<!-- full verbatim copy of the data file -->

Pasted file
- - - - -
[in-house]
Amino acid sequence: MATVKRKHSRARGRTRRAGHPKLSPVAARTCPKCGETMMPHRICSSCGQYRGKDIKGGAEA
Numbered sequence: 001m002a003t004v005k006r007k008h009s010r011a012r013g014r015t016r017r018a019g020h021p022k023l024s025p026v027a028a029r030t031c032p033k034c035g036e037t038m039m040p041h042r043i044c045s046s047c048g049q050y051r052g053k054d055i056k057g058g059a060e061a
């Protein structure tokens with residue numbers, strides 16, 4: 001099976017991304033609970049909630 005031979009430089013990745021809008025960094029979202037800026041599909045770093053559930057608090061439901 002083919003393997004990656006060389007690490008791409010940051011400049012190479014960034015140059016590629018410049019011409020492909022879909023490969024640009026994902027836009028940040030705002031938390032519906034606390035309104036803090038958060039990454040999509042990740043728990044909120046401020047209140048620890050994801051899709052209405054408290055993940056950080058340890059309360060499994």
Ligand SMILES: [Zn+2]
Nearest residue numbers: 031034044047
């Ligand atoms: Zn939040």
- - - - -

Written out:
[in-house]
Amino acid sequence: MATVKRKHSRARGRTRRAGHPKLSPVAARTCPKCGETMMPHRICSSCGQYRGKDIKGGAEA
Numbered sequence: 001m002a003t004v005k006r007k008h009s010r011a012r013g014r015t016r017r018a019g020h021p022k023l024s025p026v027a028a029r030t031c032p033k034c035g036e037t038m039m040p041h042r043i044c045s046s047c048g049q050y051r052g053k054d055i056k057g058g059a060e061a
């Protein structure tokens with residue numbers, strides 16, 4: 001099976017991304033609970049909630 005031979009430089013990745021809008025960094029979202037800026041599909045770093053559930057608090061439901 002083919003393997004990656006060389007690490008791409010940051011400049012190479014960034015140059016590629018410049019011409020492909022879909023490969024640009026994902027836009028940040030705002031938390032519906034606390035309104036803090038958060039990454040999509042990740043728990044909120046401020047209140048620890050994801051899709052209405054408290055993940056950080058340890059309360060499994």
Ligand SMILES: [Zn+2]
Nearest residue numbers: 031034044047
């Ligand atoms: Zn939040």